Now that my parents and my husband’s have passed on, our house has turned into a photo archive with me as KOI–keeper of images. Last year I gave a nice dinner when my siblings were here by way of bribery. Then I took out all of Mom’s albums and offered them to anyone who would take them. No one did. As for my husband’s family, I can’t identify half the people in the Simonson albums and neither can Mick. I should add that he is a talented photographer who recorded all of our travels, so the archives of those images–in assorted obsolete formats–add to the clutter. Sure and would ye ever like six hundred color slides of Ireland, each of them beautifully composed and in sharp focus? And then there are the big group photographs–reunions, anniversaries, funerals, weddings, class pictures, workforce bean feasts, and Christmas parties.
What should be done with photo collections? I can see that translating the prints and slides to digital format would be a good start. But there you are–left with a disc or memory stick with six hundred images. If the family for whom the photos were taken rejects them, what then? The historian in me resists destroying them. Can a writer make use of the photoheap?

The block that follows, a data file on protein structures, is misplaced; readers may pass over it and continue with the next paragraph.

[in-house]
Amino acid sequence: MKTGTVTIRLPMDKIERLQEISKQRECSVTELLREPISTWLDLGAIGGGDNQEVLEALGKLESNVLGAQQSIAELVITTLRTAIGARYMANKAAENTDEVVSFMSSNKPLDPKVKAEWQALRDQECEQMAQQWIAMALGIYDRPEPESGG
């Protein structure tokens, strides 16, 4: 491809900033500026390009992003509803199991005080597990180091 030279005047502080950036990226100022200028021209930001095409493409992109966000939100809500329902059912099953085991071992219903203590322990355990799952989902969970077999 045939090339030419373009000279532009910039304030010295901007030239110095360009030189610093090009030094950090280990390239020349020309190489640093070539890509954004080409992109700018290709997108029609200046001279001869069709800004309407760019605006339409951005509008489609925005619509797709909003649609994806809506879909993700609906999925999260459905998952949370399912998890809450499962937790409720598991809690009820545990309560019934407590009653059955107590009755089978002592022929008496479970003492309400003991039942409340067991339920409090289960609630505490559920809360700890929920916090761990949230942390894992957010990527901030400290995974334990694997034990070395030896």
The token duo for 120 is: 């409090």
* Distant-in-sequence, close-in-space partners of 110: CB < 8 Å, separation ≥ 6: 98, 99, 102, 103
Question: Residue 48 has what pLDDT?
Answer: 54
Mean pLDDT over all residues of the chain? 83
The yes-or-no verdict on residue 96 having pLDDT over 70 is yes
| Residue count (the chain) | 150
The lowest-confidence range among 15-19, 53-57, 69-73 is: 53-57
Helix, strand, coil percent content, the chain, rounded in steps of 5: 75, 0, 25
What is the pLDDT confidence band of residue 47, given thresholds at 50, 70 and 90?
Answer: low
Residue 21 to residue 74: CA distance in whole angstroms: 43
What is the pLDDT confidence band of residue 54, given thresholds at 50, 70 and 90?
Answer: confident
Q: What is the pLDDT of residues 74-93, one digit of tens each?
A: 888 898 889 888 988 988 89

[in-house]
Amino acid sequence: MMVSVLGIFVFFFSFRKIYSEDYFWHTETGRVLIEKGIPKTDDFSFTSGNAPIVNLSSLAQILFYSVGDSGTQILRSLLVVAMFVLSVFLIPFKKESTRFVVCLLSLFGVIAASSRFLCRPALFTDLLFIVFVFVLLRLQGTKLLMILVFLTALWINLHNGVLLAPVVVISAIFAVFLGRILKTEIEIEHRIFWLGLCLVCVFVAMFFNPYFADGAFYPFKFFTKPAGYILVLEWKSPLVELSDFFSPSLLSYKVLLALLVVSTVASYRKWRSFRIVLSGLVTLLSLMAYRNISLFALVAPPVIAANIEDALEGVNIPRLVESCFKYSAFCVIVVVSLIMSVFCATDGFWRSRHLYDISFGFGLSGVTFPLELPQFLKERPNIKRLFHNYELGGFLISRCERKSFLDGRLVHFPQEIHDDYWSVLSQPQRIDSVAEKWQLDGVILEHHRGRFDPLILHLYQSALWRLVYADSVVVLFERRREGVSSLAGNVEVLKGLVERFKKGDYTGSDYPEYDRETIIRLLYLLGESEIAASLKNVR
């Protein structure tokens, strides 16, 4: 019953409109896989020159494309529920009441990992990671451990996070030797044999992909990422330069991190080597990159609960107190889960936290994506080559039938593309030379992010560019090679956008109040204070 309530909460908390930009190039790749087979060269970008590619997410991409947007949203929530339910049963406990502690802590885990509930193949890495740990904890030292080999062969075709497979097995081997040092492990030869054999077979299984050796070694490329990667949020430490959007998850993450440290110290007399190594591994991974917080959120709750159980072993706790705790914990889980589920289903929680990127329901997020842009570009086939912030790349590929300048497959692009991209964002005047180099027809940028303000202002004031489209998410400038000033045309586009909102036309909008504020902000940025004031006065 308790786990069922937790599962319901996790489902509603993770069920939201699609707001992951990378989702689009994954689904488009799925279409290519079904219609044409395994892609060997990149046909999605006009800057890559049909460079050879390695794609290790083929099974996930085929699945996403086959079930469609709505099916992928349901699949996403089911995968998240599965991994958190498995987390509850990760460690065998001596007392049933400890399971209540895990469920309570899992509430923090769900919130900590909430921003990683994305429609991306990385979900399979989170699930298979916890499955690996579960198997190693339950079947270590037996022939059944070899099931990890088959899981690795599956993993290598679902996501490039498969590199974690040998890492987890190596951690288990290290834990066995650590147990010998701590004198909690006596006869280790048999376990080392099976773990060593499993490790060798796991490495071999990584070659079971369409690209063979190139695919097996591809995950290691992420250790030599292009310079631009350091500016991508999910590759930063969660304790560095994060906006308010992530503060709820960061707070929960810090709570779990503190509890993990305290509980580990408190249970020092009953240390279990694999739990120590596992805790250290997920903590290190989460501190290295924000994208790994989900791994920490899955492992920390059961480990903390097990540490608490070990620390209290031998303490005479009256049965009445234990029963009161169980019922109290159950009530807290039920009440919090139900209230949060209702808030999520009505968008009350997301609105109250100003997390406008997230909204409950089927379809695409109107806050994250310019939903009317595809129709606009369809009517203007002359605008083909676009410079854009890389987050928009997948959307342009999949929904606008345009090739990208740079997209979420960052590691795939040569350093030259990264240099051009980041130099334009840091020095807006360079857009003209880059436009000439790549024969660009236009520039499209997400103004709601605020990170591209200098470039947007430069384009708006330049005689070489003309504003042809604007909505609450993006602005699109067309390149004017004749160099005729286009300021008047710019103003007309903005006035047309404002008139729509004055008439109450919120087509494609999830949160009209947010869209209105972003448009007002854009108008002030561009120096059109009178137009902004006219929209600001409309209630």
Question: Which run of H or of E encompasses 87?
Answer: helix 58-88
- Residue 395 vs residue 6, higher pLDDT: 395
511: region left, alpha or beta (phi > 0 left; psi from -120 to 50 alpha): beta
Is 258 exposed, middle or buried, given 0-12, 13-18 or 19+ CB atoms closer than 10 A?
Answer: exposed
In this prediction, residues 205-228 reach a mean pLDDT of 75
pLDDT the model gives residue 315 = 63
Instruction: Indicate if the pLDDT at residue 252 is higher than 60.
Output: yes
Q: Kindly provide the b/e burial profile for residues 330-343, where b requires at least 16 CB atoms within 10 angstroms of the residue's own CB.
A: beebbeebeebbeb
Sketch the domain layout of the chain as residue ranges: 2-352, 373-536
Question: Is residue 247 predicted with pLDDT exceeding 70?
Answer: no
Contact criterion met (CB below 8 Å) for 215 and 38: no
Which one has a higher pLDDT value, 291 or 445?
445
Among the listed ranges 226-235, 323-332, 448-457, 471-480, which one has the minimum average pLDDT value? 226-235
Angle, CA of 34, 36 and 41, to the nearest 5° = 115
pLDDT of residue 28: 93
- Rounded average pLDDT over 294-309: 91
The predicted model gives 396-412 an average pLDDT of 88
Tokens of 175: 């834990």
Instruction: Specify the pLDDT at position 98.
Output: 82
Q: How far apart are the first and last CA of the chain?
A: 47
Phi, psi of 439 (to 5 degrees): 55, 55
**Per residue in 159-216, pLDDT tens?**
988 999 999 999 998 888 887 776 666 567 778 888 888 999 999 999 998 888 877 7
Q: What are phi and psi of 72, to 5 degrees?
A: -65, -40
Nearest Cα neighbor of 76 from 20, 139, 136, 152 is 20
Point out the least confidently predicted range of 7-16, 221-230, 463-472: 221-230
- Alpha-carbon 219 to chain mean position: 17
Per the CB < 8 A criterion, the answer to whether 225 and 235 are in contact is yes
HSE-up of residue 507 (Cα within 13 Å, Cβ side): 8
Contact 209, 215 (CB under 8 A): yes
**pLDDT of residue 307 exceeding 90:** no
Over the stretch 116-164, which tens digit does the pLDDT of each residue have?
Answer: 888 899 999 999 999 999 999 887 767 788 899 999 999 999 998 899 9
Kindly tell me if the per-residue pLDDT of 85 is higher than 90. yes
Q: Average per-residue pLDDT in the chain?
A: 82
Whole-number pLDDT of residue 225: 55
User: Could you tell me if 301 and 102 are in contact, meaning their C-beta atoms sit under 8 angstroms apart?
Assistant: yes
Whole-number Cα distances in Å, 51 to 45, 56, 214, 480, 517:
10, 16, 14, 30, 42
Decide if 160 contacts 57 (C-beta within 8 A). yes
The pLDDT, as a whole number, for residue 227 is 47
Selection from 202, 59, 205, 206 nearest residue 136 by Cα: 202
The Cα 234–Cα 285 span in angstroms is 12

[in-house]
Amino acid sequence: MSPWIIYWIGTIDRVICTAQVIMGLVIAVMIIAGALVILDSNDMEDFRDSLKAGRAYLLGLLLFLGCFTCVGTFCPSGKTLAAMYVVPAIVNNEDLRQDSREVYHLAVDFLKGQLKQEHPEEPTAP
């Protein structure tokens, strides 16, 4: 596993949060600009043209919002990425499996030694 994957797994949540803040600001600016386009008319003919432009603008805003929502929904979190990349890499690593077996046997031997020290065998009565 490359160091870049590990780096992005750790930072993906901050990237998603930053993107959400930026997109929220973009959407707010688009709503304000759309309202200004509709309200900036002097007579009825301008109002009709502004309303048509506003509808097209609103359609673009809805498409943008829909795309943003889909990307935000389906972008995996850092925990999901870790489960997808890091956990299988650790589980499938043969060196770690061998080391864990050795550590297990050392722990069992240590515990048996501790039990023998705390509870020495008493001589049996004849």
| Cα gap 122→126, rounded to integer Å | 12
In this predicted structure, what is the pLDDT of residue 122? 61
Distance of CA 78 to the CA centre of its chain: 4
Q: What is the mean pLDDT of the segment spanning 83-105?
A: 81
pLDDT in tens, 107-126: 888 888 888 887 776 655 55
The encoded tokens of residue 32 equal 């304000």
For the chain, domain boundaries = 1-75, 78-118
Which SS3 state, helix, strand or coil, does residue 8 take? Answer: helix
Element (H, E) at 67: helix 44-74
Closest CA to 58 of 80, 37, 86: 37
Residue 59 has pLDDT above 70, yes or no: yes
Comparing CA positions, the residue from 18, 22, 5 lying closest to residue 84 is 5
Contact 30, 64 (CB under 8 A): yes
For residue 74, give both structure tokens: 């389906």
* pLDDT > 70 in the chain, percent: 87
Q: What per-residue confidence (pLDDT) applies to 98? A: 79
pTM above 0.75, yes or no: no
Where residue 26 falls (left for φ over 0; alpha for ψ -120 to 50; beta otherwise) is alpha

Photographs of scenery come in two kinds–aritstry and historical records. When we traveled I kept having to ask Mick to tear himself away from the photo of a telephone booth he was composing to take a quick snap of the Eifel Tower. The telephone booth picture would take a blue ribbon at the county fair whereas the Tower would be dismissed as a cliche. I liked the phone booth, honest. But I also wanted a record of where we were.
When writers plan to set books in real places, “reminder” photos of the place can be useful. My first published novel was set in England, in Hampshire. I had done a huge amount of research for it, but I could not even start the writing until I knew the color of dirt in that part of Hampshire. That required a sabbatical leave and a trip to the UK. Mick took lots of photos. The dirt is pale gray chalk. Good thing I checked.
A collection of place photos can be invaluable. Being able to visualize the predominant tree in a forest, for instance, or the birds that show up there in midwinter, can bring the description of a place to life. The kind of cars on a city street and their condition convey a lot about the economy at a given place and time. Field crops, wild flowers, road signs–all nice details for a convincing setting.
It’s hard to see how a writer of fiction (as opposed to history or memoirs) could use the family albums my mother put together except as reminders of how fashions change or family resemblances recur. Some years ago Mick actually bought an album of photos from the 1890s. None of the people are identified, but a novel set in that era might profit from a look at the outfits they were wearing back then. The haircuts were wonderful.
I could use those sepia-tinted photographs to create a virtual family and tell their tale… Maybe I should just make a trip to the dump.